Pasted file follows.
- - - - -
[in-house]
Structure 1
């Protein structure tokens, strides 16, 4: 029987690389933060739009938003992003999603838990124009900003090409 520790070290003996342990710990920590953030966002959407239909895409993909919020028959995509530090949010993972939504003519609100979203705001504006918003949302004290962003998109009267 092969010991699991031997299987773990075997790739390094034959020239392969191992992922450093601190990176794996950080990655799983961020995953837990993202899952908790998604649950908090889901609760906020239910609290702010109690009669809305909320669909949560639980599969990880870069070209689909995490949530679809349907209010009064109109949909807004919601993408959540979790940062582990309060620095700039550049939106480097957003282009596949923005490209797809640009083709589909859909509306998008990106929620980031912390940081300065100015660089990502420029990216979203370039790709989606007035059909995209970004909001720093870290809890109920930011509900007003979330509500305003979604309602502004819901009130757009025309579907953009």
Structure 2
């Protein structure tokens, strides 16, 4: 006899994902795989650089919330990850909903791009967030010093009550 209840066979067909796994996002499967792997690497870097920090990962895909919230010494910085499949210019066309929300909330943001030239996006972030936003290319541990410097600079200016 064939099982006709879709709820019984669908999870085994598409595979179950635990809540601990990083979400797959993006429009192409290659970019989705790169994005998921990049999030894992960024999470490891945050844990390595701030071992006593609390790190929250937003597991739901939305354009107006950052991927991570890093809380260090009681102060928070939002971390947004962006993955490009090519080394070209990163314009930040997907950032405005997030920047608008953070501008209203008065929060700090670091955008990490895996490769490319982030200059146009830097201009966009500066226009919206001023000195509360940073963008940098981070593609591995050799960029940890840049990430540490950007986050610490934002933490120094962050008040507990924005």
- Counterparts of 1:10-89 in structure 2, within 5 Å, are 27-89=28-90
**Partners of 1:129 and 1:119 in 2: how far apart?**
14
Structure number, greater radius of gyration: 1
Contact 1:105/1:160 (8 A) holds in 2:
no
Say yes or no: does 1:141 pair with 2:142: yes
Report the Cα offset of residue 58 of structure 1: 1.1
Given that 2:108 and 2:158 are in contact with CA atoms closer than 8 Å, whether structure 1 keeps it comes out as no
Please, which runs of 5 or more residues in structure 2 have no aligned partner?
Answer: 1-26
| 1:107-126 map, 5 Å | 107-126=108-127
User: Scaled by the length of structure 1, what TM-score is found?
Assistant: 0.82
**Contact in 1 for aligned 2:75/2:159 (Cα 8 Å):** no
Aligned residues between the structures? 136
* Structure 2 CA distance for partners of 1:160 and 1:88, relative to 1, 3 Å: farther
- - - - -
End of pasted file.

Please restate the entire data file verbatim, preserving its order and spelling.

[in-house]
Structure 1
């Protein structure tokens, strides 16, 4: 029987690389933060739009938003992003999603838990124009900003090409 520790070290003996342990710990920590953030966002959407239909895409993909919020028959995509530090949010993972939504003519609100979203705001504006918003949302004290962003998109009267 092969010991699991031997299987773990075997790739390094034959020239392969191992992922450093601190990176794996950080990655799983961020995953837990993202899952908790998604649950908090889901609760906020239910609290702010109690009669809305909320669909949560639980599969990880870069070209689909995490949530679809349907209010009064109109949909807004919601993408959540979790940062582990309060620095700039550049939106480097957003282009596949923005490209797809640009083709589909859909509306998008990106929620980031912390940081300065100015660089990502420029990216979203370039790709989606007035059909995209970004909001720093870290809890109920930011509900007003979330509500305003979604309602502004819901009130757009025309579907953009």
Structure 2
């Protein structure tokens, strides 16, 4: 006899994902795989650089919330990850909903791009967030010093009550 209840066979067909796994996002499967792997690497870097920090990962895909919230010494910085499949210019066309929300909330943001030239996006972030936003290319541990410097600079200016 064939099982006709879709709820019984669908999870085994598409595979179950635990809540601990990083979400797959993006429009192409290659970019989705790169994005998921990049999030894992960024999470490891945050844990390595701030071992006593609390790190929250937003597991739901939305354009107006950052991927991570890093809380260090009681102060928070939002971390947004962006993955490009090519080394070209990163314009930040997907950032405005997030920047608008953070501008209203008065929060700090670091955008990490895996490769490319982030200059146009830097201009966009500066226009919206001023000195509360940073963008940098981070593609591995050799960029940890840049990430540490950007986050610490934002933490120094962050008040507990924005």
- Counterparts of 1:10-89 in structure 2, within 5 Å, are 27-89=28-90
**Partners of 1:129 and 1:119 in 2: how far apart?**
14
Structure number, greater radius of gyration: 1
Contact 1:105/1:160 (8 A) holds in 2:
no
Say yes or no: does 1:141 pair with 2:142: yes
Report the Cα offset of residue 58 of structure 1: 1.1
Given that 2:108 and 2:158 are in contact with CA atoms closer than 8 Å, whether structure 1 keeps it comes out as no
Please, which runs of 5 or more residues in structure 2 have no aligned partner?
Answer: 1-26
| 1:107-126 map, 5 Å | 107-126=108-127
User: Scaled by the length of structure 1, what TM-score is found?
Assistant: 0.82
**Contact in 1 for aligned 2:75/2:159 (Cα 8 Å):** no
Aligned residues between the structures? 136
* Structure 2 CA distance for partners of 1:160 and 1:88, relative to 1, 3 Å: farther